A growing corporate debt trend is secured transactions involving leveraged loans: borrowers more frequently have been allowed to freely transfer these assets to non-guarantors.
This was the case in more than 82% of secured transactions this year, up from about 55% last year, according to a business loans and debt report from credit research firm Covenant Review. The report isn't available to the public.
That means leveraged loans are being treated more like high-yield bonds, which have typically been associated with the free flow of value concept.
"This ability to move assets out of the collateral pool securing the applicable debt provides the borrower … with enhanced flexibility," the report said.
The hunt for yield appears to be behind this trend of weakening protections, Shweta Rao, senior director at global financial intelligence firm Reorg, said.
"Once an innovation is accepted in one document, it often finds its way into the templates of other sponsors, and then eventually becomes common," Rao said, pointing to the portability carveout as a change of control in high yield bonds.
The experience of COVID-19 has created a consensus in the financial community that covenants in leveraged loans and high yield bonds in the primary markets are pandemic-proof, Rao said.
Looser bond indentures, ratio debt restrictions
Two other trends are emerging from this environment, according to the report: frequent elimination of ratio debt as credit quality decreases, particularly for leveraged loans, and the loosening of high-yield bond indentures.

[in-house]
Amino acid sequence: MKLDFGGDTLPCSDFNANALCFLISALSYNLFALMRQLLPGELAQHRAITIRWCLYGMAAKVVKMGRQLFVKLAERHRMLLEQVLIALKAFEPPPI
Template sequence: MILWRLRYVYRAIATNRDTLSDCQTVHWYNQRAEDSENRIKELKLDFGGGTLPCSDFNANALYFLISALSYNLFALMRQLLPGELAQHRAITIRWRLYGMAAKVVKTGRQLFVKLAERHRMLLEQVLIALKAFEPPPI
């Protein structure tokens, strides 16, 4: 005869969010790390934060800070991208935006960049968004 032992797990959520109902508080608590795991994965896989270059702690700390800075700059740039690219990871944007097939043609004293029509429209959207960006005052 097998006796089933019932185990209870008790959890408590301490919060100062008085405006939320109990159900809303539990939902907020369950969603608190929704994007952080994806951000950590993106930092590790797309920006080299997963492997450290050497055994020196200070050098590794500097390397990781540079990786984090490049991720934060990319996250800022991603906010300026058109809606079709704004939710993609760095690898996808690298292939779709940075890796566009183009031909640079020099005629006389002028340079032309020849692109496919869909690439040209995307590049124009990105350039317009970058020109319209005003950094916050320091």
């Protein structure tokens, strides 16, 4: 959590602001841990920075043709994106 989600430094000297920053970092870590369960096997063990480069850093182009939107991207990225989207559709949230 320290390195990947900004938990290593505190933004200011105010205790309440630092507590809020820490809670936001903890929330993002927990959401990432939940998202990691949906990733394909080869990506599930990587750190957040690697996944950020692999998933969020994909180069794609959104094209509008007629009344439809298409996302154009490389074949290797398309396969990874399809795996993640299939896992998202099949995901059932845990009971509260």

On the latter trend, bond indentures now tend to be looser than leveraged loan credit agreements, reverting more to historical norms.
The trend to eliminate ratio debt for leveraged loans appears to be fairly widespread, Anthony Canale, global head of research at Covenant Review and the author of the report, said.
"Thus far, we have seen a number of deals where the bonds were marketed with the $1 of ratio debt condition eliminated entirely," Canale said.
Companies he named: Academy, AMC Entertainment, Ancestry, Aspen Insurance, Diamond Sports, Envision Healthcare, Flexential, Global Medical Response, New Fortress Energy, PetSmart (which deal was later pulled), Refinitiv, White Cap, and Zayo.
He called this development particularly worrisome for investors concerned about the ability of a stressed issuer to "pull a J. Crew-type transaction" and remove assets from the credit.
Canale said the trends seem to line up with recent history of high-yield bond covenants generally being looser than the corresponding provisions in leveraged loans.
Where the bonds and the loans were different, it was far more often the case that the bonds were looser than the corresponding loans with respect to credit category, Canale said.
"That trend has accelerated meaningfully," Canale said. "For example, in a previous report, the bonds were looser than the loans in at least a third (i.e., 33.3%) of the secured transactions in only three of the 16 discrete categories we reviewed. In this data set, the bonds were looser than the loans in at least a third of the secured transactions in 11 of those 16 categories.
"By contrast, in none of the 16 categories we reviewed were the loans looser than the bonds in at least a third of the secured transactions," he said.